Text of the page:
Goods & Surplus Co. (Lettering Project)

Sept. 24th 2014 (Hierarchy & Shapes: Layout Exercise):

I'm working on the 3 larger ideations based on my thumbnail process. I liked what I came up with for some preliminary ideas, but I wanna try something slightly different. These are the three ideas that evolved:

Version 1:

Version 2:

Version 3:

Sept. 12th 2014 (Hierarchy & Shapes):


I've begun working on the layout. I already have a general concept in mind for what I want to do, so I'll use that to build the shapes for my words and phrases. I felt a little bit restricted using shapes in Illustrator, so I skipped straight to thumbnails.

My eyes are very drawn to the lettering that is situated on an curve or an angle, so that's what I'm going for. I came up with 6 ideas:

Sept. 11th 2014 (Project under way): 


I've chosen to work with vintage cigarette ads as I find the tyopgraphy and layouts very appealing to learn more about.

Some of the things I learned as I delved into the evolution of the vintage cigarette ad era:


Generally the stroke widths are consistent, mixing between thinner body copy and thicker headlines. The copy is usually on a light background but there is also a lot of high contrast between background and type in other styles used.


Most cigarette ads use one column that spans the entire width of the page. The copy is usually centre aligned as opposed to hanging right or left.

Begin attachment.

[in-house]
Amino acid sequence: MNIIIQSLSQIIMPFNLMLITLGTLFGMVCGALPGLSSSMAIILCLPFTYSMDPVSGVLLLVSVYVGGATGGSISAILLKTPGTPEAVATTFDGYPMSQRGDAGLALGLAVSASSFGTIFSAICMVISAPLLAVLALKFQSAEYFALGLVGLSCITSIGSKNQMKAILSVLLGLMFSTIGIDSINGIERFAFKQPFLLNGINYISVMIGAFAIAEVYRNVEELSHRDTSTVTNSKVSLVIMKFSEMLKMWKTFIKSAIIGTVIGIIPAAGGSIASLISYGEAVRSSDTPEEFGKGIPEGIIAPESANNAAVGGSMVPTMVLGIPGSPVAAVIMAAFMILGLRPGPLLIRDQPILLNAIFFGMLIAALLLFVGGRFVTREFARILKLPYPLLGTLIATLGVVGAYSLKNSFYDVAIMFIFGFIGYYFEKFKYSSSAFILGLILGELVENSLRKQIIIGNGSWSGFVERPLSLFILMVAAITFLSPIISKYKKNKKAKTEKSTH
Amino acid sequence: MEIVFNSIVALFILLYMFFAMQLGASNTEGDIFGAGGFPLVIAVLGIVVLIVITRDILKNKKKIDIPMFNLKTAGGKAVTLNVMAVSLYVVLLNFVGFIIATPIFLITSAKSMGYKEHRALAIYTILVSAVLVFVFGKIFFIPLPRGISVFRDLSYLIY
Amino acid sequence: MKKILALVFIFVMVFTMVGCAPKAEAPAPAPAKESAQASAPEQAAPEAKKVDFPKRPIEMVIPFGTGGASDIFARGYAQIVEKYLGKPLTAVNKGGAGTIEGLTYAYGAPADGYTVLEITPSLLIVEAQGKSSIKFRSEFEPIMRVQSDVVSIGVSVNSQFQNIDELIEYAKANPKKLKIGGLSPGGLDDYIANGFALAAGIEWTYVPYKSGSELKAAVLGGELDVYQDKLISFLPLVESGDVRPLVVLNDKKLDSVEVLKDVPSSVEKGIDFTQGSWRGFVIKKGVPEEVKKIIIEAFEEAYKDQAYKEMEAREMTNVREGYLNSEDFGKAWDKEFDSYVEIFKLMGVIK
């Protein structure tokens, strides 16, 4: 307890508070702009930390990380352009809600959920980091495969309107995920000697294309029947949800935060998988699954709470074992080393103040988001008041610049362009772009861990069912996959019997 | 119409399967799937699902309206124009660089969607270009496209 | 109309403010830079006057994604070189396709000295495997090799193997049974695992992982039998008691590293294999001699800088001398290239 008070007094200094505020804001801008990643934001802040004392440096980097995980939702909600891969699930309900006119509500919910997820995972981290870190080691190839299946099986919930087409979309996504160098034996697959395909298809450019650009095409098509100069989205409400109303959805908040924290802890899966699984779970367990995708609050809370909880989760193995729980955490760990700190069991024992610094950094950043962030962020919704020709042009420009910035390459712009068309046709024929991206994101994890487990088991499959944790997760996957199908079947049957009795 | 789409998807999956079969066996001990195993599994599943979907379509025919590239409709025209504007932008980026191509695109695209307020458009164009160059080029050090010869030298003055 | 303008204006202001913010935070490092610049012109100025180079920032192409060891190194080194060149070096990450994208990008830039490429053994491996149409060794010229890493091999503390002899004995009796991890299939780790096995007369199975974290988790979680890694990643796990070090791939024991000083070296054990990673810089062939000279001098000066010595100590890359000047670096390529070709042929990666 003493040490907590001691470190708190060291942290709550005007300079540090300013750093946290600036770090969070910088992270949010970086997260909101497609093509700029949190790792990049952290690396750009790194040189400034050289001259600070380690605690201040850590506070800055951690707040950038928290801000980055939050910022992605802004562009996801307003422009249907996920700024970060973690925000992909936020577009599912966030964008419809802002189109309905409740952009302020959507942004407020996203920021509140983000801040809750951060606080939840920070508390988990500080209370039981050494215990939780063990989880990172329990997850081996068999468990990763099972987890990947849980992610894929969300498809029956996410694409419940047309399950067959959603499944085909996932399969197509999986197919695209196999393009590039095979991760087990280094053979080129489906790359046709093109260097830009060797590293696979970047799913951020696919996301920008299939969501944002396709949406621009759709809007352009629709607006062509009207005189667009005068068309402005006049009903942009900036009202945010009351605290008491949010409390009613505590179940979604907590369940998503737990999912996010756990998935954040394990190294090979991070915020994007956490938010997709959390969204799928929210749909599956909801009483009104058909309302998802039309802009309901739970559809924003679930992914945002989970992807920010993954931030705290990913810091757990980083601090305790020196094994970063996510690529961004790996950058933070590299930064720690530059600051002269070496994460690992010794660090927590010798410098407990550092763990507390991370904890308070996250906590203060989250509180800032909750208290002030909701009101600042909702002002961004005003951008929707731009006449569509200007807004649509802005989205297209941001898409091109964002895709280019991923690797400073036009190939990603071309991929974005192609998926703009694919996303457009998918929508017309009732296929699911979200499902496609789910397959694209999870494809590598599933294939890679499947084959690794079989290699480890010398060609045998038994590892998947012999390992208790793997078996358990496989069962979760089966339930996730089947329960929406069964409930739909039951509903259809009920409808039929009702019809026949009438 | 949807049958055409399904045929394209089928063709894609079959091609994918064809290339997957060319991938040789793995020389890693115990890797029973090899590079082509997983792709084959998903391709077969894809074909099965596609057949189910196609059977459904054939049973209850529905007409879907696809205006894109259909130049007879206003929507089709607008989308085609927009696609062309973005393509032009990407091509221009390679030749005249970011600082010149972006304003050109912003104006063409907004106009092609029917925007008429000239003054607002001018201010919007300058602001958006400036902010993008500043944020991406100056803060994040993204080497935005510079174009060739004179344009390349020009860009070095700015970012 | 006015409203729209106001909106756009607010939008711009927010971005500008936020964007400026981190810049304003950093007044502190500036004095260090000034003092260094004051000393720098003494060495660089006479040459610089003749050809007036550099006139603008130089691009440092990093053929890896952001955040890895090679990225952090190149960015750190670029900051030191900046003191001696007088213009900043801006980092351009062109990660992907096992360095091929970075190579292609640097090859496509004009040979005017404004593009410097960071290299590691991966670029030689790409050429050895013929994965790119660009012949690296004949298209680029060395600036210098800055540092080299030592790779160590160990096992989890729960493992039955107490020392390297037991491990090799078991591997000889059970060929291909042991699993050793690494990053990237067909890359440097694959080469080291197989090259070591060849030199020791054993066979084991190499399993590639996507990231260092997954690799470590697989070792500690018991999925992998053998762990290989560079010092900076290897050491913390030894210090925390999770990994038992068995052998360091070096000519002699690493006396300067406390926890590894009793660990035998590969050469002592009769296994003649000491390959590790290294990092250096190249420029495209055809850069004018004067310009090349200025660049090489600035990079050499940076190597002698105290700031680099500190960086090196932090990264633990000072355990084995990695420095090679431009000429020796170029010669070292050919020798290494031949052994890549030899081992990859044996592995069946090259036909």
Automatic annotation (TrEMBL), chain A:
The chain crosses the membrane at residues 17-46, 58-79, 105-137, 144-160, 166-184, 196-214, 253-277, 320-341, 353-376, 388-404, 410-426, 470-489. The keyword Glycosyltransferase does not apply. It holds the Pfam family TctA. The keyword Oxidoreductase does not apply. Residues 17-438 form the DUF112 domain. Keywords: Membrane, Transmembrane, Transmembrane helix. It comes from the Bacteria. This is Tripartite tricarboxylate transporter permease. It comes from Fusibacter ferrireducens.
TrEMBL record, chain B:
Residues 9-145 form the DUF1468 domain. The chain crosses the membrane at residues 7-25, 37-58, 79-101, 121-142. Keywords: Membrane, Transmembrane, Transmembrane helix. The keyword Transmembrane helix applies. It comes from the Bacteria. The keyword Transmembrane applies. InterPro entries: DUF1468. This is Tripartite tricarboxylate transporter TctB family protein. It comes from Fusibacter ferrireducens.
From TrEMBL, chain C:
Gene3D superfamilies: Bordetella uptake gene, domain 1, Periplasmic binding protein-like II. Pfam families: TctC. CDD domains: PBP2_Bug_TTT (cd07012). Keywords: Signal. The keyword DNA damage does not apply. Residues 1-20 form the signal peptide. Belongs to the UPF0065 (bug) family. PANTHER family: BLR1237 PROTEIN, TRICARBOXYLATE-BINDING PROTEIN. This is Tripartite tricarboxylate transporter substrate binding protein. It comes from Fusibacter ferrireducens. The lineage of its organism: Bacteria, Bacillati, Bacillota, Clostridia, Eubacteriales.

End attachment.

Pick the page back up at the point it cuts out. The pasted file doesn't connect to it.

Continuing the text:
There is usually some sort of decorative border, or a shape that helps to make the larger type stand out. The graphics are some times flat and sometimes made to appear 3D.


The letterforms are for the most part relatively proportionate in terms of x and y height. There is roundness to some letters but they are typically rectangular. Some shadowing is used. Small caps is used quite often in cigarette ads and packaging. The letters are almost always in all caps. Sans serifs are not as widely used as serif fonts. The letters usually have flourishes on the letters on each end of the headlines. There are some script fonts used.

I am moving on without creating a timeline that documents the evolution of ads, because other students have done such a great job of it already. Not much more I could add to it.


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